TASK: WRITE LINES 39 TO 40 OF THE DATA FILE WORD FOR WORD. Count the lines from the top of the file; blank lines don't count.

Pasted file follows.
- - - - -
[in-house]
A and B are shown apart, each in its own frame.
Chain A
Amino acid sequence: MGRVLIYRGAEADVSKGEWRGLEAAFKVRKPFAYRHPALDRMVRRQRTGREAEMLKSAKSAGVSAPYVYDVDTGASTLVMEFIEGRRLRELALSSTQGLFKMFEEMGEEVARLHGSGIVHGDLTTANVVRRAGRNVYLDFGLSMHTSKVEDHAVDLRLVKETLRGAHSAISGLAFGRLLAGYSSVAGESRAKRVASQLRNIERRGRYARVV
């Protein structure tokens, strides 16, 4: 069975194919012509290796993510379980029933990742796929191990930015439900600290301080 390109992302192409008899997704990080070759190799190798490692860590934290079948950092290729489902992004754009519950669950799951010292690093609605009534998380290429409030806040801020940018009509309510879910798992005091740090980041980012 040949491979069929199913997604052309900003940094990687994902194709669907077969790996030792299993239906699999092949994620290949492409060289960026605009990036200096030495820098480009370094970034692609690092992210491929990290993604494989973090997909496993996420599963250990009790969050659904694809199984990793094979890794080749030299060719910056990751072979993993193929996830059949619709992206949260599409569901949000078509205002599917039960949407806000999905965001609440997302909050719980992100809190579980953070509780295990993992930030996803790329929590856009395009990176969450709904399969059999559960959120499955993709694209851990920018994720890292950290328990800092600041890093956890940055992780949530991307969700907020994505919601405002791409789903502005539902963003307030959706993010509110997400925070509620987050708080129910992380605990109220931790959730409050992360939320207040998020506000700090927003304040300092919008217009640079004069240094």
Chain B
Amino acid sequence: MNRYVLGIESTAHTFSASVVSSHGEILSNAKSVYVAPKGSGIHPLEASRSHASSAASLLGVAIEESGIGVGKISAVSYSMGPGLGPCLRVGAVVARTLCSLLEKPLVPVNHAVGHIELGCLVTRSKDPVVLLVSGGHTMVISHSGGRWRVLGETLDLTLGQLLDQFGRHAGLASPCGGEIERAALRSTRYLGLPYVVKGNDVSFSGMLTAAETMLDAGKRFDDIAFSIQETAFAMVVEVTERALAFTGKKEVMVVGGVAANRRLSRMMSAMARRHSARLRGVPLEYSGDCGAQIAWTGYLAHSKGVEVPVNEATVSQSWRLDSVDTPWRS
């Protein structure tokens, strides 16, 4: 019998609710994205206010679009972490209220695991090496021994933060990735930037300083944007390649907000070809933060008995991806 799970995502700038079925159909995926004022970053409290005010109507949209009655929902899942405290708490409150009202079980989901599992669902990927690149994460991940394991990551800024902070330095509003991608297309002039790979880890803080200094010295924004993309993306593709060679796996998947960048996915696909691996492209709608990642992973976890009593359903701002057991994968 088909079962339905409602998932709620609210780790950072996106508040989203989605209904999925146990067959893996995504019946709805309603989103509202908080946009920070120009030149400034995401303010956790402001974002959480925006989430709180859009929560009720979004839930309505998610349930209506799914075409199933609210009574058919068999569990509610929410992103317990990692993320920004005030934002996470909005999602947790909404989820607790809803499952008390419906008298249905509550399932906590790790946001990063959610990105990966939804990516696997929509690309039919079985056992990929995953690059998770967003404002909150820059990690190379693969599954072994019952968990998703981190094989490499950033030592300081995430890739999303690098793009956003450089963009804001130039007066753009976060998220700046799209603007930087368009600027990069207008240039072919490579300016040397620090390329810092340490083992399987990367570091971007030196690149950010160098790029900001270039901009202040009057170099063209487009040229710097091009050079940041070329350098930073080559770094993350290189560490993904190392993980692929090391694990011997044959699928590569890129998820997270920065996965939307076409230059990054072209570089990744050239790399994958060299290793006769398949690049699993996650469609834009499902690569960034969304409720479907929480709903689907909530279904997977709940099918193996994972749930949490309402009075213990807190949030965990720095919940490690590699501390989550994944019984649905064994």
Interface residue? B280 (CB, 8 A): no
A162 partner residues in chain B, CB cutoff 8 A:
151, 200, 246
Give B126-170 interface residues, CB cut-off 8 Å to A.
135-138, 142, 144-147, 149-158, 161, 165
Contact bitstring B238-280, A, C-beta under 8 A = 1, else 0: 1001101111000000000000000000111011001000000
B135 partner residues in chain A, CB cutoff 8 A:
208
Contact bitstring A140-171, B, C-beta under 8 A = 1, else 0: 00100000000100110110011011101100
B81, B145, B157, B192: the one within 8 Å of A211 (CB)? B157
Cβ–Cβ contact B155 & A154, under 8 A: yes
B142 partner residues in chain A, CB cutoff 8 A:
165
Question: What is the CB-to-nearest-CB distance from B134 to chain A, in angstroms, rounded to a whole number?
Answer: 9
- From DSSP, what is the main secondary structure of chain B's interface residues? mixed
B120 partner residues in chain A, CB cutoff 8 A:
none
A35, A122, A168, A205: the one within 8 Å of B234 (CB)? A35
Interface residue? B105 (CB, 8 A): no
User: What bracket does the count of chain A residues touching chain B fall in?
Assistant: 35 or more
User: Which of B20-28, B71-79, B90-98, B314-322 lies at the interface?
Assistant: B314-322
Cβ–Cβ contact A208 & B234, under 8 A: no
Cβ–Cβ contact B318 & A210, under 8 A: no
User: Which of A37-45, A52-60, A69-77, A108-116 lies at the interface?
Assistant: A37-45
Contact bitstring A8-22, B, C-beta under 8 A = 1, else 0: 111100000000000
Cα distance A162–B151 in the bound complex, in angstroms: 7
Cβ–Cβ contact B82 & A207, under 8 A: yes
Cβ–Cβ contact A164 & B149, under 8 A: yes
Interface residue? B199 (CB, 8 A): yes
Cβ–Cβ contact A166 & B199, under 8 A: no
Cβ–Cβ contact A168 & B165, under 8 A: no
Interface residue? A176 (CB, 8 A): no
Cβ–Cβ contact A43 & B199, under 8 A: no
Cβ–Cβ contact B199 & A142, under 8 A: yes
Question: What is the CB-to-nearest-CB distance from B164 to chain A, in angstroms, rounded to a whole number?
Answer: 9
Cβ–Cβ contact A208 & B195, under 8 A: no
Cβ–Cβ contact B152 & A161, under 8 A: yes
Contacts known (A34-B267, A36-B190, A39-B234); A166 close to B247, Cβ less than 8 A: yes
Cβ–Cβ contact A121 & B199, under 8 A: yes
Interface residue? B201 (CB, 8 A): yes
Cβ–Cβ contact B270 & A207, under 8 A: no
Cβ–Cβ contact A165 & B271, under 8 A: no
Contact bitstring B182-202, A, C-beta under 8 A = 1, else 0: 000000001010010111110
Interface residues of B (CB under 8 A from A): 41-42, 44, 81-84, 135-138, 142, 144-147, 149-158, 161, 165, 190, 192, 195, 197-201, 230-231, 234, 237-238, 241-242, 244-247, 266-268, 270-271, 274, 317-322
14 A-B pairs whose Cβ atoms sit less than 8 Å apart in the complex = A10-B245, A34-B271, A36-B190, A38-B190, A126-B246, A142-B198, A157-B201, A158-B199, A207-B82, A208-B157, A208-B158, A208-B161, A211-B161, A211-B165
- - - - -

Cβ–Cβ contact B82 & A207, under 8 A: yes
Cβ–Cβ contact A164 & B149, under 8 A: yes